How to write a wedding speech

Word count: 645 words

Reading time: About 2.5 minutes

Have you ever been asked to give a speech at a wedding? This post on how to write a wedding speech will give you a better idea about how to approach the task…

My husband belongs to a family that has the best weddings. Although we missed the last one in Perth, Australia — we couldn’t afford the time or the airfare for five — we caught the most recent one, earlier this month, on British Columbia’s Sunshine Coast. Like the first wedding in this branch of the family (they have four adult kids), it was held on the beach in front of their home.

Although the family lives in a modest house, their location — on the top of a hill with a spectacular outlook of the Strait of Georgia – to my mind makes it worth at least $10 million. (Granted, I’m prone to hyperbole, but check out that view, above!) There’s a trail down to the beach that’s precipitously steep. I tried counting the steps on our recent visit and lost track once I’d hit 100.

How to write a wedding speechI can’t fathom how the bride managed the rustic path in her extravagantly poufy white dress, but she was able to walk down it — in flat shoes —  without getting mucky. Is there a metaphor in there, somewhere? We sat on driftwood benches, manufactured by the groom’s handy dad. My kids ran bets on how many people would be foolish enough to show up on the beach in high heels. (Winning answer: four.)

At the dinner reception, held in a community hall, we listened to many speeches from both sides of the family. Normally, I dread wedding speeches. The endless blah-blah-blahing delivered by people who are too nervous, too drunk or too ill-prepared makes me impatient for the dancing to start. But, almost implausibly, everyone at this wedding hit a home-run.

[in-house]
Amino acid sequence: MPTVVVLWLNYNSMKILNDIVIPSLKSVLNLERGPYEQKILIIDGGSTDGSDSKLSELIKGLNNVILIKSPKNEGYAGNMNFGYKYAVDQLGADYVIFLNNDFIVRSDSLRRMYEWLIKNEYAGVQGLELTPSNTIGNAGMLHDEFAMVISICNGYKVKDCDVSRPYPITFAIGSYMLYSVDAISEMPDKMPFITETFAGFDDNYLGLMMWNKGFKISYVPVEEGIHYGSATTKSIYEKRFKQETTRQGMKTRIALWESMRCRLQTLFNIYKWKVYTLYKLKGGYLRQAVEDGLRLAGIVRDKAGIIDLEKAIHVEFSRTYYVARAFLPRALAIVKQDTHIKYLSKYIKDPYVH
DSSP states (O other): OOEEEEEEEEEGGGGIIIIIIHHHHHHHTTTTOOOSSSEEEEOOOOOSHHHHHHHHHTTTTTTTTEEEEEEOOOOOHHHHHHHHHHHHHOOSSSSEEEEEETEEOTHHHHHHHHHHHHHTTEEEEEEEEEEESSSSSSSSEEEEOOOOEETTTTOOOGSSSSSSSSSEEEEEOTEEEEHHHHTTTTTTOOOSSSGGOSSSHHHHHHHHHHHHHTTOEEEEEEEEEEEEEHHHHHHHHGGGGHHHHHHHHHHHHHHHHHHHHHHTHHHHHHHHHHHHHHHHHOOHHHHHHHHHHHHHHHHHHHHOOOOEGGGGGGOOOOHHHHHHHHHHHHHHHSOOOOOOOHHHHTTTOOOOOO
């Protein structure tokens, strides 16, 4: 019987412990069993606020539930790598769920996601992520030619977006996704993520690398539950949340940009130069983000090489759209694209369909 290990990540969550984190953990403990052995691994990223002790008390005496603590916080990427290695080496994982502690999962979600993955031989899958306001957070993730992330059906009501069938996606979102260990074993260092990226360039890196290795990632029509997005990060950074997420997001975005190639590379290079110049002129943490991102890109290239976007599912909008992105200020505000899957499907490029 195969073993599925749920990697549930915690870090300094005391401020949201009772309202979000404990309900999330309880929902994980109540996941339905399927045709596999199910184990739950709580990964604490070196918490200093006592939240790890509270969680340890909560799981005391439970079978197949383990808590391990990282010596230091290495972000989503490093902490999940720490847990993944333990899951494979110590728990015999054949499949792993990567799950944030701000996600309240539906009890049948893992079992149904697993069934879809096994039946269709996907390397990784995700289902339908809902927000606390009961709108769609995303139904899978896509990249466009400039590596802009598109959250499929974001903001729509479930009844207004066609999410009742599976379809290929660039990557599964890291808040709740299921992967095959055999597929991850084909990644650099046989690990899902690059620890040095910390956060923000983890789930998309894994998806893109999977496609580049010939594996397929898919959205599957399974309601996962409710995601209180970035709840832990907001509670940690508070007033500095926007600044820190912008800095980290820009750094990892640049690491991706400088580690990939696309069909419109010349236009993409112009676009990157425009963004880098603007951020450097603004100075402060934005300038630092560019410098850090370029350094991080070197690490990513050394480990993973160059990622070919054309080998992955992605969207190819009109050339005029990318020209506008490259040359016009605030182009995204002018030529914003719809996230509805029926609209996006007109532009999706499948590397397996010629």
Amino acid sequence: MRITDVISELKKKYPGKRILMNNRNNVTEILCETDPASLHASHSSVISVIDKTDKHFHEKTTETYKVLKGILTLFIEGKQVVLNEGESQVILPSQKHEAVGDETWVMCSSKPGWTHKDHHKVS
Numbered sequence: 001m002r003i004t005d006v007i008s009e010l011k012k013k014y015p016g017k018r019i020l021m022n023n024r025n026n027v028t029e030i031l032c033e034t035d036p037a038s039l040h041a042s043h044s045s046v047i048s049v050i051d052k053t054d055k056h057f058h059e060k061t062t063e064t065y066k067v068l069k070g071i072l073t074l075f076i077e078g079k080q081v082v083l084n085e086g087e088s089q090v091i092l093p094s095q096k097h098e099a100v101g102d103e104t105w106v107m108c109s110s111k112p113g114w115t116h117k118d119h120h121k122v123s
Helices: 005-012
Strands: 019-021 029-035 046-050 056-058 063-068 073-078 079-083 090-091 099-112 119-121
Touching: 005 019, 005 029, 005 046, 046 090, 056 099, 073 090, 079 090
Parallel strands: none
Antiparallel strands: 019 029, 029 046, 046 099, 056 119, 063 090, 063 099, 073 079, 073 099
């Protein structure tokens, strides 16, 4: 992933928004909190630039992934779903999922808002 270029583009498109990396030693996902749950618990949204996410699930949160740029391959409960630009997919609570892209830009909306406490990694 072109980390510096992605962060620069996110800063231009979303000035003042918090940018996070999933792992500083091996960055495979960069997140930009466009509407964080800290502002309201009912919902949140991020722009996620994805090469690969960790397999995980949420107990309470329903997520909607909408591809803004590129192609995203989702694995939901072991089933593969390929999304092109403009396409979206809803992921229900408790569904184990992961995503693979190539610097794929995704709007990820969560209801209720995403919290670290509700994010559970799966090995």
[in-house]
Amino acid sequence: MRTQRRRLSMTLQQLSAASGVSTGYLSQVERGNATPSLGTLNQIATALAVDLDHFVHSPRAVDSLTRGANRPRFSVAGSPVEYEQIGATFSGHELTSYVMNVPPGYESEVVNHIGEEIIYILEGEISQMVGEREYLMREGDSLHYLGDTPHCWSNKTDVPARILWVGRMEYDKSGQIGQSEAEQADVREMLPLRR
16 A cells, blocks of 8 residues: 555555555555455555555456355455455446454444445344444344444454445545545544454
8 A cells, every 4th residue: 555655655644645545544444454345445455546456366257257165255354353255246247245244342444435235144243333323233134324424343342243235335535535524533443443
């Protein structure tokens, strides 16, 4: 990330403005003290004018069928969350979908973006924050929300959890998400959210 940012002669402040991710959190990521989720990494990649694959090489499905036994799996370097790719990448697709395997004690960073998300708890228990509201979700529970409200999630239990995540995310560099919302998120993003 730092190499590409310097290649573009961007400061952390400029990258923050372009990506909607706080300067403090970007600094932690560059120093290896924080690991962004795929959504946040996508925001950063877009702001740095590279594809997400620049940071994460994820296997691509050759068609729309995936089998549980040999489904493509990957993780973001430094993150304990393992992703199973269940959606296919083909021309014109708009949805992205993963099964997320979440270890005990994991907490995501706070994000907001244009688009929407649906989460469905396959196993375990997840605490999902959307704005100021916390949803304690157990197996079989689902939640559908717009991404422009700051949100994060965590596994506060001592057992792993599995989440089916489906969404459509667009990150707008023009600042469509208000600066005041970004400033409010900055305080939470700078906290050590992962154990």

If you research “wedding speeches” on the internet, you’ll find lots of crazy or vague advice. “Find a balance,” says professional speaker John Bell. Thanks, John. Never would have thought of that. Hard work and great gobs of time are involved, according to a site calling itself Wedding Speeches. “A good wedding speech can take time, time and more time to write,” it says. Great advice for scaring people off. Speakers should begin by making a list of things they appreciate about the bride and the groom, according to E-How. But how will you ever turn that into a speech, e-how? (Too bad they don’t think to suggest mindmapping.)

To me, a great wedding speech does one thing: it tells a story. At this wedding, the groom’s sister, Anna, did that by recounting an early-in-the relationship story about bride, Devon, and groom, Robert. One day, Anna recalled, the couple was heading back to Vancouver from the Sunshine Coast. After climbing on the ferry, Robert looked for his wallet and couldn’t find it. This was a deal-breaker because he wasn’t just heading back to Vancouver, but on to Edmonton by plane. Devon looked up and said, “We have to go back to get it.” No recriminations. No fuss. Ferry officials, who had just finished loading the cars,  thought it was too late but Devon managed to talk her way around them. “Perhaps yodeling was involved,” said Anna – a line that made everyone smile for its goofy charm.

Initially, I wasn’t equally impressed by the speech from Victoria, the bride’s sister. She told what was at risk of being an irrelevant anecdote about the bride’s determination to get better grades in school. In grade 2 when she got a C, Devon had apparently marched up to the teacher and asked permission to resubmit her project. She received it, redid it and got a better mark. “Fine,” I thought. “That sounds like Devon, but who cares?”

Then Victoria delivered her punchline: “Devon dated many boys over the years. Most of them were Cs and Bs. We’re so pleased that, in Robert, she’s found her A.”

Shazam. Victoria nailed it. Succinct. Great story. Even better ending.

That’s how to write a wedding speech.

What’s the best wedding speech you’ve ever heard? Or given? We can all learn from each other so please share your thoughts with my readers and me by commenting below. (If you don’t see the comments box, click here and then scroll to the end.)

Photos courtesy Robert Carson and Eric Watts